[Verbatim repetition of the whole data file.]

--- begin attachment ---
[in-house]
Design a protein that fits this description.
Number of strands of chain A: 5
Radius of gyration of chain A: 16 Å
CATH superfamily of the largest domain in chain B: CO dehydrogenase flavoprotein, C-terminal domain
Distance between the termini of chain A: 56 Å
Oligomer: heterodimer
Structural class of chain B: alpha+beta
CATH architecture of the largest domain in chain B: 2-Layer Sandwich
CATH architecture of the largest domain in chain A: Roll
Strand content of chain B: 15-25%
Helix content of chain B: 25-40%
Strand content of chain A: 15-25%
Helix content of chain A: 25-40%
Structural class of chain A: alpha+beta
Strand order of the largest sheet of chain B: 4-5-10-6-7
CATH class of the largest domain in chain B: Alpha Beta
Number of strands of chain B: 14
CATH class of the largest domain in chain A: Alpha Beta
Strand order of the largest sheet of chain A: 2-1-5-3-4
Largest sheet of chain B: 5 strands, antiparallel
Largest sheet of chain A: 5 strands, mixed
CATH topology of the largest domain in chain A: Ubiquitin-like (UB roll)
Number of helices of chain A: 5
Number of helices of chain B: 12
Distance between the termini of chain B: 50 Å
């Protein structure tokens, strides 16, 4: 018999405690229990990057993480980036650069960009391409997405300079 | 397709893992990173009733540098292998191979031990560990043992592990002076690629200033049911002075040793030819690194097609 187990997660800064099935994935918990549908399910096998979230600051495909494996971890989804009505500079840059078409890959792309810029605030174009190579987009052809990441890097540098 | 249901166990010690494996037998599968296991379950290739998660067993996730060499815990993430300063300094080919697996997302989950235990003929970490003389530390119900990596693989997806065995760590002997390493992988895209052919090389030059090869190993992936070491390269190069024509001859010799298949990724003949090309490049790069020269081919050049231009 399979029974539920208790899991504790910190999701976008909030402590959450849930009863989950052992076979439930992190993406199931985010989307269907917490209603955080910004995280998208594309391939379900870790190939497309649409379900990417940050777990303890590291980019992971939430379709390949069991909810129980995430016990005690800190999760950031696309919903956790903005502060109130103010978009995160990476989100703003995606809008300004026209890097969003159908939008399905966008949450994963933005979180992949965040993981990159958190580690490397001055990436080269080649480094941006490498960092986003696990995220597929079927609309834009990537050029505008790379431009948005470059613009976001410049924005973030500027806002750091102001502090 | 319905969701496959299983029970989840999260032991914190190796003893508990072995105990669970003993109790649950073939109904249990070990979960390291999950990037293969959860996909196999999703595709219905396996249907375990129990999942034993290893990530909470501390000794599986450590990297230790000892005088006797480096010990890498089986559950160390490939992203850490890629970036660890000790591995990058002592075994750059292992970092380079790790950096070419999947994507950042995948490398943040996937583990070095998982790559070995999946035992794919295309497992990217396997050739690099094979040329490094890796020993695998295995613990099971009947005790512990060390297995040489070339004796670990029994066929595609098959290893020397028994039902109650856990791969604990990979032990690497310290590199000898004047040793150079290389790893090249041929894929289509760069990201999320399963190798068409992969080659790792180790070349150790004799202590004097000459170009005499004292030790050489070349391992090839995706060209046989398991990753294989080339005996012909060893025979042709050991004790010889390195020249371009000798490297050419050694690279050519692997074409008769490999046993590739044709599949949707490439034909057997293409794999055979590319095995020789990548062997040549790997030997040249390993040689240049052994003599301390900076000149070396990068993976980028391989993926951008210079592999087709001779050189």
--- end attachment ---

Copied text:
[in-house]
Design a protein that fits this description.
Number of strands of chain A: 5
Radius of gyration of chain A: 16 Å
CATH superfamily of the largest domain in chain B: CO dehydrogenase flavoprotein, C-terminal domain
Distance between the termini of chain A: 56 Å
Oligomer: heterodimer
Structural class of chain B: alpha+beta
CATH architecture of the largest domain in chain B: 2-Layer Sandwich
CATH architecture of the largest domain in chain A: Roll
Strand content of chain B: 15-25%
Helix content of chain B: 25-40%
Strand content of chain A: 15-25%
Helix content of chain A: 25-40%
Structural class of chain A: alpha+beta
Strand order of the largest sheet of chain B: 4-5-10-6-7
CATH class of the largest domain in chain B: Alpha Beta
Number of strands of chain B: 14
CATH class of the largest domain in chain A: Alpha Beta
Strand order of the largest sheet of chain A: 2-1-5-3-4
Largest sheet of chain B: 5 strands, antiparallel
Largest sheet of chain A: 5 strands, mixed
CATH topology of the largest domain in chain A: Ubiquitin-like (UB roll)
Number of helices of chain A: 5
Number of helices of chain B: 12
Distance between the termini of chain B: 50 Å
């Protein structure tokens, strides 16, 4: 018999405690229990990057993480980036650069960009391409997405300079 | 397709893992990173009733540098292998191979031990560990043992592990002076690629200033049911002075040793030819690194097609 187990997660800064099935994935918990549908399910096998979230600051495909494996971890989804009505500079840059078409890959792309810029605030174009190579987009052809990441890097540098 | 249901166990010690494996037998599968296991379950290739998660067993996730060499815990993430300063300094080919697996997302989950235990003929970490003389530390119900990596693989997806065995760590002997390493992988895209052919090389030059090869190993992936070491390269190069024509001859010799298949990724003949090309490049790069020269081919050049231009 399979029974539920208790899991504790910190999701976008909030402590959450849930009863989950052992076979439930992190993406199931985010989307269907917490209603955080910004995280998208594309391939379900870790190939497309649409379900990417940050777990303890590291980019992971939430379709390949069991909810129980995430016990005690800190999760950031696309919903956790903005502060109130103010978009995160990476989100703003995606809008300004026209890097969003159908939008399905966008949450994963933005979180992949965040993981990159958190580690490397001055990436080269080649480094941006490498960092986003696990995220597929079927609309834009990537050029505008790379431009948005470059613009976001410049924005973030500027806002750091102001502090 | 319905969701496959299983029970989840999260032991914190190796003893508990072995105990669970003993109790649950073939109904249990070990979960390291999950990037293969959860996909196999999703595709219905396996249907375990129990999942034993290893990530909470501390000794599986450590990297230790000892005088006797480096010990890498089986559950160390490939992203850490890629970036660890000790591995990058002592075994750059292992970092380079790790950096070419999947994507950042995948490398943040996937583990070095998982790559070995999946035992794919295309497992990217396997050739690099094979040329490094890796020993695998295995613990099971009947005790512990060390297995040489070339004796670990029994066929595609098959290893020397028994039902109650856990791969604990990979032990690497310290590199000898004047040793150079290389790893090249041929894929289509760069990201999320399963190798068409992969080659790792180790070349150790004799202590004097000459170009005499004292030790050489070349391992090839995706060209046989398991990753294989080339005996012909060893025979042709050991004790010889390195020249371009000798490297050419050694690279050519692997074409008769490999046993590739044709599949949707490439034909057997293409794999055979590319095995020789990548062997040549790997030997040249390993040689240049052994003599301390900076000149070396990068993976980028391989993926951008210079592999087709001779050189």